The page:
This is the crown jewel of the LUW Administration certification track. To achieve this certification, you must be a certified 10.1 DBA (tests 610 and 611) and pass test 614. This section of this blog entry refers to test 614. This certification addresses what I think of as “special advanced topics”. If you are a DBA with 3 or more years of experience, it is likely you have experience in at least one of these special advanced topics. But even if you are a veteran of more than 10 years, you may not have experience with all of them. For me there are some areas like performance or high availability on this exam that are just easy because I do them every day. There are others that I have to cram for because I just don’t do things like federation or replication much. Don’t get me wrong, I find it to be a very valuable test for exactly that reason – it makes me stretch.

Study Resources

The study resources are pretty slim on the self-study side. I do not see any books – online or in paper form. There are no tutorials I have seen. My study generally involves looking at the objectives and then reading up on them via Google or developerWorks or the Knowledge Center. Going to conferences and the educational sessions there can give you some great info for certain areas.

Several official IBM classes can be quite useful.
DB2 for LUW Performance Tuning and Monitoring Workshop – DB2 10.1: http://www-304.ibm.com/services/learning/ites.wss/us/en?pageType=course_description&courseCode=CL413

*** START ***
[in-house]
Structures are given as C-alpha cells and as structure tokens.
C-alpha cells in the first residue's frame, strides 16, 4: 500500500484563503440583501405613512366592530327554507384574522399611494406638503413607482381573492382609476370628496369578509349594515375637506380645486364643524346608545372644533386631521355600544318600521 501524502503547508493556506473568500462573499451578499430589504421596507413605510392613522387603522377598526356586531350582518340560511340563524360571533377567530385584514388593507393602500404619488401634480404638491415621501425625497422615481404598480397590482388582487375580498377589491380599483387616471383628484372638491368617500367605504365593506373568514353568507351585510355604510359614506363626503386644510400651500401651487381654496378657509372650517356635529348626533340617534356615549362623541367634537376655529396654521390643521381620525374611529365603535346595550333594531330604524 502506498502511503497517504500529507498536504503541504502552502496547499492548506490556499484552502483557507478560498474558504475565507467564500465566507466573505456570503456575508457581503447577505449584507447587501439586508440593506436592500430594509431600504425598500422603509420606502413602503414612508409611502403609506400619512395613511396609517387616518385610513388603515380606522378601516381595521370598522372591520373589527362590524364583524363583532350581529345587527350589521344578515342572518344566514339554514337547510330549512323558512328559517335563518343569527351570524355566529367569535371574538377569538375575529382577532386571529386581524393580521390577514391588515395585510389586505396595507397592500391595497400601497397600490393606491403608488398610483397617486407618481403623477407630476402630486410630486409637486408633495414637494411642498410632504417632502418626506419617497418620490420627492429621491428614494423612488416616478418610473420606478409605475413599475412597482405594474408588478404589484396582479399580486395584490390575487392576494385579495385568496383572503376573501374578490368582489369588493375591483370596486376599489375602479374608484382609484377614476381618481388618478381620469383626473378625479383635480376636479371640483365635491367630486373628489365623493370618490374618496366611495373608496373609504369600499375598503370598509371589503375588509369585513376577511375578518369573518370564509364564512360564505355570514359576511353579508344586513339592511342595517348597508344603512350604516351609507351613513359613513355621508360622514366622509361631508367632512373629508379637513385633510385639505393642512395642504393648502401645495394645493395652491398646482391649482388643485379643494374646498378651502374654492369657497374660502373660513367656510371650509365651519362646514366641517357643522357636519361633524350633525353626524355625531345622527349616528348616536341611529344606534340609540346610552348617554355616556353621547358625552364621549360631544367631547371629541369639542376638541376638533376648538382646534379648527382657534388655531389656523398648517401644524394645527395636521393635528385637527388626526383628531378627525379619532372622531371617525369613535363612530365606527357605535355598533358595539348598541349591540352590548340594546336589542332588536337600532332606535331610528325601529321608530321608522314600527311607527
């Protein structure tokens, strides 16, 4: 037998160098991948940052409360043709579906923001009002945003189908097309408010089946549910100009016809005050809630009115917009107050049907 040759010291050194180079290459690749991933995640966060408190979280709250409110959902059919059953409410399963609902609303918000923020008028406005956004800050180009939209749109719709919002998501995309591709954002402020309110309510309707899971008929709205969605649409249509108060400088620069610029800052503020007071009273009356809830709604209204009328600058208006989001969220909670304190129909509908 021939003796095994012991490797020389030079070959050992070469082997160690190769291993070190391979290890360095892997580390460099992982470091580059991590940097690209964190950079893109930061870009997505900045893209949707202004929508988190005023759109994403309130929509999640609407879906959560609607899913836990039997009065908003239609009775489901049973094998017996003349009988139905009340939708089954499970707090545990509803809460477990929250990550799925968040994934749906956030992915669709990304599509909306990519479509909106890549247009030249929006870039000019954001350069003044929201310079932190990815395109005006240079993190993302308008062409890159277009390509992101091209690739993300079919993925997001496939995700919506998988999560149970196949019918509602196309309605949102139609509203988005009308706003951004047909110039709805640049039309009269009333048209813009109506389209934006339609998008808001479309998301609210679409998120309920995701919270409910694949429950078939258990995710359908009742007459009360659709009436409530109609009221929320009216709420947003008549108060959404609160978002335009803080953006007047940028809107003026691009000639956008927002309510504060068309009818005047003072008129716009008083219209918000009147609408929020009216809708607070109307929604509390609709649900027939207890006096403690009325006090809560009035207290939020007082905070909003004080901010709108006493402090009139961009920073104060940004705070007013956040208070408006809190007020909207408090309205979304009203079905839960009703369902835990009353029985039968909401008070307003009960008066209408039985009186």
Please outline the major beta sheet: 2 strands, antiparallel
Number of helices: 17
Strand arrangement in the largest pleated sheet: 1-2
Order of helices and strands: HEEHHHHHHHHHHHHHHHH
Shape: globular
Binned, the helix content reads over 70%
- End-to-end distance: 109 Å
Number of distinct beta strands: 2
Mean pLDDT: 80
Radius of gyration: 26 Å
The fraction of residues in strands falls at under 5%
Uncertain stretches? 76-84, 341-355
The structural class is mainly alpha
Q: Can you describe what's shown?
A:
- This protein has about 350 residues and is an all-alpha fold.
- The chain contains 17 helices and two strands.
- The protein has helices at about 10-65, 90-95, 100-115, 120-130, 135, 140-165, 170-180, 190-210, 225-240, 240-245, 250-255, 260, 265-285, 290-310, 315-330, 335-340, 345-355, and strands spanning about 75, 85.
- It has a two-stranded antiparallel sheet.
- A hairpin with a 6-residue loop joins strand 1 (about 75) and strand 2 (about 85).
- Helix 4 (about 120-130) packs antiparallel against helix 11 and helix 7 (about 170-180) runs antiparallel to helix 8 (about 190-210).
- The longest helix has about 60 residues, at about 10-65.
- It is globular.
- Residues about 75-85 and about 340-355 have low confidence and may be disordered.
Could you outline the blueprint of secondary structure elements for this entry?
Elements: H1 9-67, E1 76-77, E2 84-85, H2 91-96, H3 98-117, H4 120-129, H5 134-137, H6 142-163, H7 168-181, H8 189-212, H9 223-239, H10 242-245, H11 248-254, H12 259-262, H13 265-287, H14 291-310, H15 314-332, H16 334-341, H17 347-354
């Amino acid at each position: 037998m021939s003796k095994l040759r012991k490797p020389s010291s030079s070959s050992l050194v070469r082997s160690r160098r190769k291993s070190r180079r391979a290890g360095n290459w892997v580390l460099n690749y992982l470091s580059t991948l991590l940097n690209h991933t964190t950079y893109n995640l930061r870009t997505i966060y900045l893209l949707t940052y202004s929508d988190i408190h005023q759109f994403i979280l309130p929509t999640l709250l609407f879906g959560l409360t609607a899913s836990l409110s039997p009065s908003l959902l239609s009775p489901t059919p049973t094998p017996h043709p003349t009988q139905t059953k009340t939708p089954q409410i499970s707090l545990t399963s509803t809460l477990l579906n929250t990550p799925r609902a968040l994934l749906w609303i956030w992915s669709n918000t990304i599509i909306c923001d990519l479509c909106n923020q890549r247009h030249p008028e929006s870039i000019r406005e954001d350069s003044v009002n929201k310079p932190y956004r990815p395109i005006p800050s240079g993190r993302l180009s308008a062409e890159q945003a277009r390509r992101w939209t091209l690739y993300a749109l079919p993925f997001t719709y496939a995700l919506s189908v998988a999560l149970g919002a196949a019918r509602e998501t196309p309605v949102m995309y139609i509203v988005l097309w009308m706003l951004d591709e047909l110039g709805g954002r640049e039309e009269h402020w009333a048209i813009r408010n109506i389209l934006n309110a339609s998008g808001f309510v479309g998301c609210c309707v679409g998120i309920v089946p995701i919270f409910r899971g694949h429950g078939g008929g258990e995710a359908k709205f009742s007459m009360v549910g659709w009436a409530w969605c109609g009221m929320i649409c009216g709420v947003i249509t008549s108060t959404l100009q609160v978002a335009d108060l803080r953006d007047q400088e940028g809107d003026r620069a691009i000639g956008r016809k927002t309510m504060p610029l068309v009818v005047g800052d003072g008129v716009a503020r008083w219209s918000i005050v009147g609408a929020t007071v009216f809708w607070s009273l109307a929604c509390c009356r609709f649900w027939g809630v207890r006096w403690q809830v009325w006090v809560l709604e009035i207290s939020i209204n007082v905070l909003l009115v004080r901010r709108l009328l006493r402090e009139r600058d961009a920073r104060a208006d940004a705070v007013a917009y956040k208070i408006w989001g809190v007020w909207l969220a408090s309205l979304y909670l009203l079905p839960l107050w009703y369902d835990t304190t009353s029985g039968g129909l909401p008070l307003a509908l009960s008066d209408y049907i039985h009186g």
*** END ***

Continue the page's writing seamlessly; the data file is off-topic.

DB2 10.5 for LUW Advanced Database Administration with DB2 BLU Acceleration: http://www-304.ibm.com/services/learning/ites.wss/ca/en?pageType=course_description&courseCode=CL463CE – note I could not find the 10.1 version of this course. I think this one would do if it is not too focused on BLU
DB2 9 for LUW Advanced Database Recovery: http://www-304.ibm.com/services/learning/ites.wss/us/en?pageType=course_description&courseCode=CL492 – again, no 10.1 version found, but it has not changed drastically.

Test 614

Details on the test can be found here: http://www-03.ibm.com/certify/tests/ovrC2090-614.shtml
I am not going to copy and paste details like the # of questions, time, passing percentages, where to go for sample tests and the full list of objectives for the test – go to that site, and all those details are available.

LUW DEVELOPER TRACK – IBM CERTIFIED SOLUTION DEVELOPER – DB2 9.7 SQL PROCEDURE

This is the one test in the developer track that I have taken. It is directed at people who write SQL, including table functions, stored procedures, etc on a regular basis. If you have never written your own table function or MERGE statement, then it will take a lot of studying. I also took it cold, so don’t have a lot to say about the preparation materials. This certification requires the Family Fundamentals test (610 or one for the earlier versions) and test 545.

I actually wonder how used the developer tests are. I mentioned this one to a well established DB2 SQL expert and he had never even heard of it.

I do hear an updated version of this for DB2 10.1 is in the works for this year.

Study Materials

The IBM site does not offer self-study materials. It requires intimate knowledge of SQL. If you struggle with the SQL sections on the Family Fundamentals test, you will need more study or experience for taking this one. The study I actually pulled on most during the test was one of my entry level college courses in programming – the methodology it taught me for walking through code and tracking changes to various variables at each step along the way. I would highly recommend the sample test.